The following article is part of coverage from the American Diabetes Association’s 80th Scientific Sessions (ADA 2020). Because of concerns regarding the coronavirus disease 2019 (COVID-19) pandemic, all ADA 2020 sessions and presentations were transitioned to a virtual format. While live events will not proceed as planned, readers can click here to view more news related to research presented during the ADA 2020 virtual experience.
Use of continuous glucose monitoring (CGM) significantly decreases rates of hypoglycemia in children who attend camp programs designed for individuals with diabetes, according to study data presented during the American Diabetes Association’s 80th Scientific Sessions, held online from June 12 to 16, 2020.
Some camp programs designed for individuals with diabetes require participants to relinquish diabetes technology upon arrival. To investigate the acceptability and potential benefits of using CGM at these camps, researchers analyzed data from campers aged 7 to 18 years who were fitted with Dexcom CGM devices at a week-long diabetes camp in the United States.
In total, 11 campers who regularly used fingersticks to monitor blood glucose levels at home were provided with blinded Dexcom CGM devices. Data from these campers were compared with data from 47 campers who were already using Dexcom CGM systems with data sharing capabilities. Camp counselors were able to view nonblinded CGM data from these 47 campers using smart devices or on a centralized display in the medical cabin. Fingerstick testing was prompted when glucose levels were <80 or >250 mg/dL.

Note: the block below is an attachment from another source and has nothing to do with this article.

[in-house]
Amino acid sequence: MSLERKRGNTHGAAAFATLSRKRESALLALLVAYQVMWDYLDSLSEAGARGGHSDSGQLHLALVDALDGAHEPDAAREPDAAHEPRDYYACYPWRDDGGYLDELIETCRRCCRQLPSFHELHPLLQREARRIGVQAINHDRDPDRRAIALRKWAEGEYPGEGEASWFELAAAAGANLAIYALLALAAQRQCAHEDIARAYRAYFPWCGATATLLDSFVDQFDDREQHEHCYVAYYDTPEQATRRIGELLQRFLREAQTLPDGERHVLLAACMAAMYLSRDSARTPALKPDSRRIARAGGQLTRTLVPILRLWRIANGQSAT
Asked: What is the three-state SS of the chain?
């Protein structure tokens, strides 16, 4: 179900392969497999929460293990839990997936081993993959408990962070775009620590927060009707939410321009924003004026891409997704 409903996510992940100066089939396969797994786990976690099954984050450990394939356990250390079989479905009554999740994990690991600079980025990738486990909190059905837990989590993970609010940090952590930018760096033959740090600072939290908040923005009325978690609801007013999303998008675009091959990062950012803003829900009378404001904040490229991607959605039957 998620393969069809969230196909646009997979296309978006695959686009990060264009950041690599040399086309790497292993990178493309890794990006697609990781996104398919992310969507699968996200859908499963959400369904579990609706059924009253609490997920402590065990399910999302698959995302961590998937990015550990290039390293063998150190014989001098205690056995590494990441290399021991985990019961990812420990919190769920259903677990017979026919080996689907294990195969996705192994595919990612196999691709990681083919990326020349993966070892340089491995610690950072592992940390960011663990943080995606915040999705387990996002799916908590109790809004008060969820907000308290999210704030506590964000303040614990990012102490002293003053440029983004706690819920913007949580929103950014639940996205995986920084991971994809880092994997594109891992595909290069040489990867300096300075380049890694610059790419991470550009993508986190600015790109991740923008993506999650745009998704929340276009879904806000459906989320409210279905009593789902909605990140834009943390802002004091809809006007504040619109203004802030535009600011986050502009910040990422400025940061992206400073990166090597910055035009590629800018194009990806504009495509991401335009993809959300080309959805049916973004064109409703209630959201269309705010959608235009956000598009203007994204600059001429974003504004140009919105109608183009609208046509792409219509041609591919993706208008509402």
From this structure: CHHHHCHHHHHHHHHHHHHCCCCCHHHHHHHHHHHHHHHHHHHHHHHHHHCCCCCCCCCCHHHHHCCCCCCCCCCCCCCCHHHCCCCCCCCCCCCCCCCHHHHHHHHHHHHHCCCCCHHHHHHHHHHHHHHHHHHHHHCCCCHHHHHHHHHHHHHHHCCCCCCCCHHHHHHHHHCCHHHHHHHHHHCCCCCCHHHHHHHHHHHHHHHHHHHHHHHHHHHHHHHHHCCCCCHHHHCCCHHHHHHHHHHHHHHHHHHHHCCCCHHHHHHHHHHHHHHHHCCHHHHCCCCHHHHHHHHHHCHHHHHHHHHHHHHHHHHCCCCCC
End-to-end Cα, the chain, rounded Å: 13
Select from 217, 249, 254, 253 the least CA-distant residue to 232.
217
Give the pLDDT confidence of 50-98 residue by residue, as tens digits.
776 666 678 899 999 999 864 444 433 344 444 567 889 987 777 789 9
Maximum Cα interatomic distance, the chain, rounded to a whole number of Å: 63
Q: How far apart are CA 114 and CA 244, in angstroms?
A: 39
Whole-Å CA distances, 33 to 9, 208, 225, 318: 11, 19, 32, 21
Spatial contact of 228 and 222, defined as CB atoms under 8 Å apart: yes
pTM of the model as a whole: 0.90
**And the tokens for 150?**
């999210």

Campers whose blood glucose levels were remotely monitored had significant reductions in daytime and nighttime hypoglycemia and improvement in overnight time in range (65.09% vs 50.37%; P =.01) compared with campers whose CGM data were blinded. Remote monitoring also prompted 73 overnight interventions that may have been missed with fingerstick testing alone.
Based on their findings, the researchers stated that “[r]emote monitoring of CGM data at diabetes camp allows implementation of tighter target glucose ranges, facilitates timely hypoglycemia treatment, and should be encouraged at all diabetes camps.”
Disclosure: Several study authors declared affiliations with the pharmaceutical industry, including Dexcom, Inc. Please see the original reference for a full list of authors’ disclosures.
Gleich SE, Gibson-North ND, Puhr S, Welsh J, Walker TC, Caruso D. Remote monitoring of CGM data at diabetes camp mitigates hypoglycemia day and night. Presented at: American Diabetes Association 80th Scientific Sessions; June 12-16, 2020. Abstract 65-OR.
Visit our conference section for more coverage from ADA 2020.